OAKLAND -- The old Bay Bridge span's rugged geometric girders will take new shape in public art.
Crews have been dismantling the 77-year-old bridge's 58,000 tons of steel, which will mostly be recycled.
But the Federal Highway Administration requires that the state preserve hundreds of tons of the bridge structure for historical and educational purposes as part of a funding program.
"The idea is to step out to make sure that there's some historical record of the work that was done during the original bridge construction and deconstruction," said Andrew Fremier, deputy executive director at Bay Area Toll Authority. "There is so much interest in getting the steel, so we've had to create a process to evaluate whether people have the capability and to make sure the integrity of the bridge was maintained."
The Oakland Museum of California is developing a plan with transportation officials to get about 600 tons of salvaged steel into the hands of local artists.
"Steel is really expensive. For artists, finding materials is a big hurdle for even getting started on a project," said David Miller, executive director of The Crucible. "So for this much steel to become available is a windfall for Bay Area artists and artisans."
Oakland, especially West Oakland, is a hot bed for industrial art. Artists find haven in the city's many studios, such as The Crucible, American Steel and NIMBY.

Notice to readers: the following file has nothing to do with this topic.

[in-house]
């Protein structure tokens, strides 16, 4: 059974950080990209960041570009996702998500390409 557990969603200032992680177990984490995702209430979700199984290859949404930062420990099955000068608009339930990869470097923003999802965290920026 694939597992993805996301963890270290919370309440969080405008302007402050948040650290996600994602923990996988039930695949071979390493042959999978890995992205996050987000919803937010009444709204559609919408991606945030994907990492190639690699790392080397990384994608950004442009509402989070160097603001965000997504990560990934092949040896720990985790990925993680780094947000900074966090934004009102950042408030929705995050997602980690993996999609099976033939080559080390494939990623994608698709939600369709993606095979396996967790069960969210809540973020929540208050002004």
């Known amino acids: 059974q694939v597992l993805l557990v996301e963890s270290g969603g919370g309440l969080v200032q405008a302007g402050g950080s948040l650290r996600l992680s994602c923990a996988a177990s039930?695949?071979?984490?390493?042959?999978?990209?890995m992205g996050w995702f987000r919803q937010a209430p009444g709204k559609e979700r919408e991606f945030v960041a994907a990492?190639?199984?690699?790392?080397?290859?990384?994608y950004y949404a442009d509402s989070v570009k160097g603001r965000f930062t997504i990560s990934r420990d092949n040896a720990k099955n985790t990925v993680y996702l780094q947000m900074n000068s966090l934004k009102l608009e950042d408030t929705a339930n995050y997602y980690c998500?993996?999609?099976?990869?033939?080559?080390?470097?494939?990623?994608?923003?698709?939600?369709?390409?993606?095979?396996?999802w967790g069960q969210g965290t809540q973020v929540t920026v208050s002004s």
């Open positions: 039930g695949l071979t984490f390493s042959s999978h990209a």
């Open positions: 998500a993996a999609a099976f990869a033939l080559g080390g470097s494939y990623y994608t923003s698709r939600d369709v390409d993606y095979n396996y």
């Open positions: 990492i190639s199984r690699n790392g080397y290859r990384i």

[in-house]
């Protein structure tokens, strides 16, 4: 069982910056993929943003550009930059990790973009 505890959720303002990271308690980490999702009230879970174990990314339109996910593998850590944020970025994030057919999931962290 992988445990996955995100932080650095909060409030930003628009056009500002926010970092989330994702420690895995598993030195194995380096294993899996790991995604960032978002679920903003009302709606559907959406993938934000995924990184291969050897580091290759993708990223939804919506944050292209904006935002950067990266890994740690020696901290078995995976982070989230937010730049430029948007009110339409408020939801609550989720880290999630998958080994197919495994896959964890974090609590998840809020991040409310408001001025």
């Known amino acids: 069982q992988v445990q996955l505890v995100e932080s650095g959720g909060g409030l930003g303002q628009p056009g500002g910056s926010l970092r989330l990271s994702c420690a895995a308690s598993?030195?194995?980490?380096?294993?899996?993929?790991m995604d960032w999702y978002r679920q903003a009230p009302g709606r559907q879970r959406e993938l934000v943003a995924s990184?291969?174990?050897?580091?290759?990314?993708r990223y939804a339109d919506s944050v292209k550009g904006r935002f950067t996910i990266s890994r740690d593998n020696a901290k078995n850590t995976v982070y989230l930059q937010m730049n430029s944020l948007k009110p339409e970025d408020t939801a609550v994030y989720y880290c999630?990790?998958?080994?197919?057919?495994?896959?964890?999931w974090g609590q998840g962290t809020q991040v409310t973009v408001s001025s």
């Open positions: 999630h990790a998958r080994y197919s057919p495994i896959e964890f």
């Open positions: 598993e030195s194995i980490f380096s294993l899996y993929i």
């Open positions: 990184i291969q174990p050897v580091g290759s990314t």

"The kind of work that would be made from the steel is exactly the kind of maker art, industrial art that Oakland is really known around the world for," said museum director Lori Fogarty.
The museum would not commission pieces but just make the steel available to accepted creative works. Fogarty is putting together a small committee of local public art experts to develop criteria for projects.
"Our emphasis are projects that are publicly accessible and really reference the history of the bridge," Fogarty said. "You still would be able to identity that these were elements of the bridge."
The kind of works Fogarty envisions supporting are as varied as the artists, from sculptures, streetscape furniture to materials for a community center.
"This is a way to keep the bridge alive and to preserve its history," she said.
About 200 tons will be incorporated into the design of Gateway Park near the toll booths.
Old bridge causeway foundations will be used to an erect an elevated pier similar to San Francisco's Pier 14, and the lattice work may be recycled as light posts or benches.
Fremier said that he envisions new park space and paths underneath the bridge, similar to Crissy Field, with space for food trucks, gift shops and bike rentals.
"It would be a tourist area that provides an opportunity for families to get out there," he said. "We've all been working to say, 'How can we maximize the opportunity?' You got these beautiful views of San Francisco, the South Bay and the bridge."